These range from cloud-based project management suites and IP calling to cutting-edge AR solutions that connect workers in the field like never before.
New ways of connecting
Managing Telstra’s network involves the maintenance of a vast array of infrastructure spread around the country, from outback cell towers to data centres to millions of kilometres of fibre and copper – all requiring highly skilled technicians.
One of the most exciting projects Telstra has been working on is a trial using augmented reality headsets, similar to Microsoft HoloLens and Google Glass, to allow technical specialists located back at HQ to provide near real-time guidance to technicians in the field.
“I think it's about extending your existing workforce, by giving field workers and experts access to the latest information to augment each other,” says Gagan Singh, Strategic Tech Expert for Media & Content at Telstra.
When a technician encounters a complex task they don’t know how to tackle, the expert is able to see what the technician sees through the glasses and guide them through their work.
The guidance can involve both visual overlay and an audio feed, as well as involving elements of AR. For example, the expert is able to use an arrow or circle to point out specific interfaces on the equipment to the technician.
“We have seen massive decrease in the total duration of support sessions. In some cases, calls which were lasting for 40, 45 minutes, are now just being wrapped up in 20 minutes,” Singh says.
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The glasses can allow digitised inspections through the ability to record videos and take photographs, which can then be shared if necessary, making them a great tool to help train new staff through instructions that have already been created and broadcasted through to the user.
“We’ve been very encouraged by the positive feedback we’ve received from the trial,” says Harshita Chopra, General Manager, Innovation and Automation at Telstra.
“In the enterprise space, there’re a lot of people who are currently trialling AR and we're probably looking at anywhere between three to five years before it becomes a part of our day to day work, like we use mobiles.”Harshita Chopra, General Manager at Telstra Operations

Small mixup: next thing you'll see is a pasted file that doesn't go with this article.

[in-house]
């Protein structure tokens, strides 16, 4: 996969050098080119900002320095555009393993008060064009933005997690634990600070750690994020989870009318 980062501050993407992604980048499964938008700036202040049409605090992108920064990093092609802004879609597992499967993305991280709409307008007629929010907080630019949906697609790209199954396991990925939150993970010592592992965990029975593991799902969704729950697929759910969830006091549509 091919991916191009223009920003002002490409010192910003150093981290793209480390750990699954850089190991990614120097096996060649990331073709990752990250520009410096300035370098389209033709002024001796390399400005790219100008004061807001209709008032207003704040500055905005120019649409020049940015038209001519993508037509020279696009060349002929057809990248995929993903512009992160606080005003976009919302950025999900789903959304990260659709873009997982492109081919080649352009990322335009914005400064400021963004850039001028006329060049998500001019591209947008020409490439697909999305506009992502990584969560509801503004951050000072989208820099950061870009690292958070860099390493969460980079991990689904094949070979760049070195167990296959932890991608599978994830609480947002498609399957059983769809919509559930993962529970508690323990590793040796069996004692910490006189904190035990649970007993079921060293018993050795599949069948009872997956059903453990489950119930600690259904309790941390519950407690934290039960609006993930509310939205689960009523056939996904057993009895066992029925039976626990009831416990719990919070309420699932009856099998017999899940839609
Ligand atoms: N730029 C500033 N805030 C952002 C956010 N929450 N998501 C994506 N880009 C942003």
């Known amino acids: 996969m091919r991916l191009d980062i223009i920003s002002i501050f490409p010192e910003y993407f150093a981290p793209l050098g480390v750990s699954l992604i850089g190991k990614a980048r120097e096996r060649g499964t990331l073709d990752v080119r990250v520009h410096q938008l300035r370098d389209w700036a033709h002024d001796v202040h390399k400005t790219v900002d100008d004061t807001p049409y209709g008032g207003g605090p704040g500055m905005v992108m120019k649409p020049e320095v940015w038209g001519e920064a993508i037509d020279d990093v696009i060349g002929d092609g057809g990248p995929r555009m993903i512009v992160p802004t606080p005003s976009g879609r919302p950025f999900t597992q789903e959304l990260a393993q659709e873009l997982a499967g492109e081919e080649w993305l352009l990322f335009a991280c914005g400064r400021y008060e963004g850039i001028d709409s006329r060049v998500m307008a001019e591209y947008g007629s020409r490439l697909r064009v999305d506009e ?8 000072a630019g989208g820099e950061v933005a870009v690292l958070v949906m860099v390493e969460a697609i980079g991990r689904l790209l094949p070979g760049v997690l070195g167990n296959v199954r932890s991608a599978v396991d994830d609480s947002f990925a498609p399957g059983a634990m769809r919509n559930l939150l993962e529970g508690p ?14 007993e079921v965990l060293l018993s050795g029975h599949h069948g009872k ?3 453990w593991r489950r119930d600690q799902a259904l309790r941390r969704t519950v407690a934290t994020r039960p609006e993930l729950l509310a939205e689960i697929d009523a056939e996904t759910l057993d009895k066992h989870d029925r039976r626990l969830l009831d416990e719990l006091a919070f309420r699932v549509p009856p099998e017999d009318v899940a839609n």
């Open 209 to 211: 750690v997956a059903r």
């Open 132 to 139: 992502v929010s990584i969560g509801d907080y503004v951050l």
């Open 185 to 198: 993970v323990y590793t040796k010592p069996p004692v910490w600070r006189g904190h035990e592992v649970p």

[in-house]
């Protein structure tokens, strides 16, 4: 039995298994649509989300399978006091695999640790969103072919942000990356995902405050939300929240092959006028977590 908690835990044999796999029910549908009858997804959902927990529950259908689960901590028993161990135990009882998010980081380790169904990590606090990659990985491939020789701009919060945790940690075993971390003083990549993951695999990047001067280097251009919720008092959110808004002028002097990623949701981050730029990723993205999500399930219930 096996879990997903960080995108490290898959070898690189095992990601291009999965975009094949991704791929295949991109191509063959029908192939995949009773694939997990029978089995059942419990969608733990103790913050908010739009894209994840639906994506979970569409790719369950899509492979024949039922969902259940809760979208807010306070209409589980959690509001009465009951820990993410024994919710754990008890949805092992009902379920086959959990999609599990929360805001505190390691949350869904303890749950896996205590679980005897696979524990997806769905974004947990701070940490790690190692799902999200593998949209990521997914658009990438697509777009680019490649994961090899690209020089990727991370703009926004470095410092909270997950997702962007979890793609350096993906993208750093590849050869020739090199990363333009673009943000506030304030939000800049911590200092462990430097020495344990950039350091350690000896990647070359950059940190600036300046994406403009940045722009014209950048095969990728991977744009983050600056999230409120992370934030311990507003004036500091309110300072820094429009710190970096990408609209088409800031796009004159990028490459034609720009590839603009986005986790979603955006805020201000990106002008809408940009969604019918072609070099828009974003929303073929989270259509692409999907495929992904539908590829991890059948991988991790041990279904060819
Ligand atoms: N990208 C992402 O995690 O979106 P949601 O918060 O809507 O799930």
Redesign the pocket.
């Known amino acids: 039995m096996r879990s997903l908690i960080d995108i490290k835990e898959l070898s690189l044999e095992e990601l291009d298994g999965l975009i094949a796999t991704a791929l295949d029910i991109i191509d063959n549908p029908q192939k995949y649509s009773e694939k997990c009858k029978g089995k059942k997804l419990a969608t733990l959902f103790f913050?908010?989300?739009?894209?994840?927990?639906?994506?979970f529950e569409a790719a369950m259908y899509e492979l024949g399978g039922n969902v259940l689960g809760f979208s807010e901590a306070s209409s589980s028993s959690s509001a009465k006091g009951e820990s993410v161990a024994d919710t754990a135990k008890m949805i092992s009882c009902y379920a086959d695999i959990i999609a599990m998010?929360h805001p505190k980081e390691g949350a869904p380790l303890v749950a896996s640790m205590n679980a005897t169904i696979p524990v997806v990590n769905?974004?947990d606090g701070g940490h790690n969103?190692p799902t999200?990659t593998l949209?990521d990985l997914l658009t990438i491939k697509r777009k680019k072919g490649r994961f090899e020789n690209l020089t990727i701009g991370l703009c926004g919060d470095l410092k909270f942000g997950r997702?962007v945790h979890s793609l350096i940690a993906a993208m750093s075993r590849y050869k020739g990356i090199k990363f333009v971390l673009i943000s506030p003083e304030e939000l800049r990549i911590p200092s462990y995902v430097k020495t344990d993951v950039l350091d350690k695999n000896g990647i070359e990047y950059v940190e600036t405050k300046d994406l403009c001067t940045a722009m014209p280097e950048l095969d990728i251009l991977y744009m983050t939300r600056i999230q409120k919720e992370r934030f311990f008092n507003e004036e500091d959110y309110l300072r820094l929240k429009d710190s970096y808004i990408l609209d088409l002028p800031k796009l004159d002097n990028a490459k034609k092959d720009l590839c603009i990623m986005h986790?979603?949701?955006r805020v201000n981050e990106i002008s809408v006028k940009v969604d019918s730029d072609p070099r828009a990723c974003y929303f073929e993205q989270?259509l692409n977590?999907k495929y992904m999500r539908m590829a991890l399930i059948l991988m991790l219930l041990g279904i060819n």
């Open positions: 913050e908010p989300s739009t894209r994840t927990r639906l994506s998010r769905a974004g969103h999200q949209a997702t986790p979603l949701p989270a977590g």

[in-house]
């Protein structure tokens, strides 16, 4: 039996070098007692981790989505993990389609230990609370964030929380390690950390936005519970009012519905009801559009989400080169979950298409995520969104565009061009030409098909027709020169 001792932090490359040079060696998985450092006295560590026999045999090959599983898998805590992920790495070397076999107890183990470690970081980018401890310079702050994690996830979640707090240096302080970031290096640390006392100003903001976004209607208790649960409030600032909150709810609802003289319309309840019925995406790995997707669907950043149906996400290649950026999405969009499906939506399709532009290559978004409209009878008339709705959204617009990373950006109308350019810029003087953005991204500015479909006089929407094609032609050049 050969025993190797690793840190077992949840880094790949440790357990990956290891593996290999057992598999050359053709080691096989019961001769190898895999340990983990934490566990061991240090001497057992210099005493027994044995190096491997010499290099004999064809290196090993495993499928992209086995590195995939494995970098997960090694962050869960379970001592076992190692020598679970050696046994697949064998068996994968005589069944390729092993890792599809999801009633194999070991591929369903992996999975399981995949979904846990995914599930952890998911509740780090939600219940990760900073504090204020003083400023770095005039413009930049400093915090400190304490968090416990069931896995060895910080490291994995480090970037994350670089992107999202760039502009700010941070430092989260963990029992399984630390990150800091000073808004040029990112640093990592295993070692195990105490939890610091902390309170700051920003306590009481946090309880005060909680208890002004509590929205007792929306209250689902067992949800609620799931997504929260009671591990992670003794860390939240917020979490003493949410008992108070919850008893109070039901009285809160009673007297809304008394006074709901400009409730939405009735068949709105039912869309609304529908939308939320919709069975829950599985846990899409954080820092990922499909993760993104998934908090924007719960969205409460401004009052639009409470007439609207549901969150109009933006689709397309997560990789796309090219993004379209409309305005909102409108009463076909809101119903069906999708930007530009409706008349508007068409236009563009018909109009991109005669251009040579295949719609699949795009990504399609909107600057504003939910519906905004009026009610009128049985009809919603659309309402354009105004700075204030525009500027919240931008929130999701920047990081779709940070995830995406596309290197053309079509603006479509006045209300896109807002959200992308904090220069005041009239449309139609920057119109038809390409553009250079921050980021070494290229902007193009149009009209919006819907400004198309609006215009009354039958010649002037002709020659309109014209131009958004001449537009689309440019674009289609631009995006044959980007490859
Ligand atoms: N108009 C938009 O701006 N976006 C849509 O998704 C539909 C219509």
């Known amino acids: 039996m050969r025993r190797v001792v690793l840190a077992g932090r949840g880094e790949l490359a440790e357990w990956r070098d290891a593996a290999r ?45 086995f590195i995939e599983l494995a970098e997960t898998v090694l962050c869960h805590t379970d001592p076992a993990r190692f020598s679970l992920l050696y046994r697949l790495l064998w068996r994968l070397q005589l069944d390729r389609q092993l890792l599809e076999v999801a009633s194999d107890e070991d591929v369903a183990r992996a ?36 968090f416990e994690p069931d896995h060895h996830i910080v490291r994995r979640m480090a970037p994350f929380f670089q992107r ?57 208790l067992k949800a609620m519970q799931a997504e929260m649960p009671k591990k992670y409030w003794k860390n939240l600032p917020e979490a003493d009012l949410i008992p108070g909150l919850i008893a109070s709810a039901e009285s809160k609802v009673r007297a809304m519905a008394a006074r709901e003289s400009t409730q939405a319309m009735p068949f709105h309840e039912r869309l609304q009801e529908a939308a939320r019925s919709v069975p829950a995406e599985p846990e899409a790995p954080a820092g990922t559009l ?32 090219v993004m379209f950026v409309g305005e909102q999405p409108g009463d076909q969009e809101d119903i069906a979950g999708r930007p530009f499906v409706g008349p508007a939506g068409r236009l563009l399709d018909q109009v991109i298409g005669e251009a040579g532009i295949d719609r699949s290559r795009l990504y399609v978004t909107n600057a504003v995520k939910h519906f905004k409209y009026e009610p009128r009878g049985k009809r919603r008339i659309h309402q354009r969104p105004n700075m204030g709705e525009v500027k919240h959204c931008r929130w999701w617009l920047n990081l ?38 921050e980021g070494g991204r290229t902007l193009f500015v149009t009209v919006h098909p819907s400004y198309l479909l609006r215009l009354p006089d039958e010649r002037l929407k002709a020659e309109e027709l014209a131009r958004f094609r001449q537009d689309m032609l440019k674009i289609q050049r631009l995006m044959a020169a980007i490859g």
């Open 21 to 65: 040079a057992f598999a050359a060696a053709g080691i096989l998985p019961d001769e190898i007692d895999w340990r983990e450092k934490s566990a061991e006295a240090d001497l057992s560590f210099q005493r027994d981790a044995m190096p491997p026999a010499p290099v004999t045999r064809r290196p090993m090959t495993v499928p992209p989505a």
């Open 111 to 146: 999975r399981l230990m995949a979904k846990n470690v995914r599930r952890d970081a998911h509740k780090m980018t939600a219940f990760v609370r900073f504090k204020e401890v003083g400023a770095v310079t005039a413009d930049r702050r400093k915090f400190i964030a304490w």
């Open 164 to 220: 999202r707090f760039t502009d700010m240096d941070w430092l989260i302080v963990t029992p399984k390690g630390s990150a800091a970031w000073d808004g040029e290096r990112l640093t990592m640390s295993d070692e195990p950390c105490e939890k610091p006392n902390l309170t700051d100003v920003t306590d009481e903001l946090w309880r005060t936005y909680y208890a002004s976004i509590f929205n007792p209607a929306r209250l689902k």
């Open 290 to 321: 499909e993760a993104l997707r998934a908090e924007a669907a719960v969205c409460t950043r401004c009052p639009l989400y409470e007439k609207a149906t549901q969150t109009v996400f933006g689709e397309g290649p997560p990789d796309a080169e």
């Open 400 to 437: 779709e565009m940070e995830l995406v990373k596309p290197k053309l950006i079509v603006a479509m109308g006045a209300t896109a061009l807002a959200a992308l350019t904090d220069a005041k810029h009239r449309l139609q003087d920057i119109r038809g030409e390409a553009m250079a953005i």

The technology has the potential to transform field work across a range of industries, including mining, transport, logistics, construction and utilities. While Telstra’s trial is focused on maintenance and repair, smart glasses also have the potential to impact compliance inspections, anti-counterfeiting efforts and much more.
Staying connected in the red centre
Of course, technology doesn’t have to be cutting-edge to have a transformational effect on the lives of those working in the field. As network availability has increased across Australia’s red centre, businesses which have traditionally relied on limited satellite connectivity are embracing the hallmarks of the modern workplace.
As a bush chaplain, Benjamin Quilliam’s work involves frequent travels around the remote centre of the Northern Territory.
Through his work at Frontier Services, he provides chaplaincy services to individuals and organisations that require support, religious services such as weddings and funerals, as well as lending a helping hand with whatever is going on when he is visiting.
Rich communications such as Wifi Calling and Zoom now feature in his toolbox, as well as cloud computing, which as a frequent traveller, Quilliam appreciates as a means to keep his case notes, business cards and contact directory safe.
Frontier Services’ bush chaplains use a cloud-based collaboration suite to share the stories they encounter and stay in touch with the rest of the team and their HQ in Sydney.
Of course, for those spots where connectivity is limited, the trusty satellite phone is a must for emergencies and ensuring he remains in contact with his family while on the road.
He says that reliable access to connective technology is particularly important in rural areas.
“It's actually just a safety thing. Like they're using it for getting the help they need when they need to, they're using it to get information about whether that could be dangerous,” he says. “There aren't the backups and layers of technology that we have in built up areas. For example, if someone's home phone goes dead, they can't walk to their neighbour’s house to use their phone.”